Orcs Must Die! 2 coming summer this year, features co-op play

Orcs Must Die! was one of our favourite games of last year , a blend of third-person action and tower defence that nailed that sweet spot between hands-on greenskin slaughter and the satisfaction of executing a carefully-prepared plan. The sequel introduces a second playable character, the Sorceress, a new campaign, and - most excitingly - co-op. Tim isn't in the office today, but I think I can hear his squeals of excitement from here. Read on for more information.

Announcing the game on the Robot Entertainment website, CEO Patrick Hudson claimed that players have killed 3.4 billion orcs in the original game. "The only way we will get to a respectable orc death toll is by adding another killing machine and cooperative play", he said. "Bring a friend and destroy the orcs!"

There'll be more enemies and defences, but the biggest changes seem to have been made to the upgrade system. There are now multiple permanent upgrades for each trap, and skulls - OMD!'s currency - are earned every time you play, not just when you improve your rating. Hopefully this means more meaningful choices as you work through the game, and more incentives to go back and really nail down your orc-slaughtering strategy.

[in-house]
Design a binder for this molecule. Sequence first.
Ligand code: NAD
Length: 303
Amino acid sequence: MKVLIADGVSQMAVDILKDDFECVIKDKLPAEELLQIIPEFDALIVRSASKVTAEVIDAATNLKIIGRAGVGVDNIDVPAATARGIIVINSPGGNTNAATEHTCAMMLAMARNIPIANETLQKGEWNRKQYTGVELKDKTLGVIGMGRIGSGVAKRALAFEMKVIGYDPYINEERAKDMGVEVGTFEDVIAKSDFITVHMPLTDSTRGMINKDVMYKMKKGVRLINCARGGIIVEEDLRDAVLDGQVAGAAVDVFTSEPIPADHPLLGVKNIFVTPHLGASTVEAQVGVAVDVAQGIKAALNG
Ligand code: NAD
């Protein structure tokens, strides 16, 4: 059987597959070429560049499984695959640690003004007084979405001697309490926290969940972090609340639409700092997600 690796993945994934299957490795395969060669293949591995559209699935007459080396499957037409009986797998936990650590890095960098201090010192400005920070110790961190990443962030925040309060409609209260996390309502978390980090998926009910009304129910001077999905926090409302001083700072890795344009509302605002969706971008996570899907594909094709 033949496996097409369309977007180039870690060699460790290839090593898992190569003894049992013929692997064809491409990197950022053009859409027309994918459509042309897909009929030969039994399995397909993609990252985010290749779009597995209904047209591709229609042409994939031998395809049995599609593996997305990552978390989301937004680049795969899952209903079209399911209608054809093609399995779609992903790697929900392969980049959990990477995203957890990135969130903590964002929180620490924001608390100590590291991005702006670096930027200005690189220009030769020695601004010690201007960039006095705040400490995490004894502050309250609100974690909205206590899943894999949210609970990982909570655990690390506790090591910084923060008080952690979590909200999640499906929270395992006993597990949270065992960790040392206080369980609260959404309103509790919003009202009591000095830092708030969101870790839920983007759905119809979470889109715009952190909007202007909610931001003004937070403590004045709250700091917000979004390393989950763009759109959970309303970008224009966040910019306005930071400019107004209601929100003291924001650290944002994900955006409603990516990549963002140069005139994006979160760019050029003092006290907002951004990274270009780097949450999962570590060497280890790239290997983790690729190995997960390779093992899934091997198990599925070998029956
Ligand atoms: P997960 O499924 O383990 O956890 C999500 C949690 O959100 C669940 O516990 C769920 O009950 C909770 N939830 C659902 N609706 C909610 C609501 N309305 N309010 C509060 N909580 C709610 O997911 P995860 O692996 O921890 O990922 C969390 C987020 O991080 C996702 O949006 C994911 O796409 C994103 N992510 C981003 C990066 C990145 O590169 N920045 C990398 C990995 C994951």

When we spoke to Robot Entertainment back in December, they wouldn't confirm that a sequel was in the works. "We haven't necessarily made a firm decision yet on Orcs yet" Patrick Hudson told us, "whether we'll return to it, and when, but we certainly think there's something there to expand on." It's likely that the success of the game on Steam has pushed that 'maybe' to a clear 'yes'. It's a quick turnaround for a sequel, but the addition of co-op should add substantially to the game's scope. You can find out more on the game's official site.

Chris Thursten

Joining in 2011, Chris made his start with PC Gamer turning beautiful trees into magazines, first as a writer and later as deputy editor. Once PCG's reluctant MMO champion , his discovery of Dota 2 in 2012 led him to much darker, stranger places. In 2015, Chris became the editor of PC Gamer Pro, overseeing our online coverage of competitive gaming and esports. He left in 2017, and can be now found making games and recording the Crate & Crowbar podcast.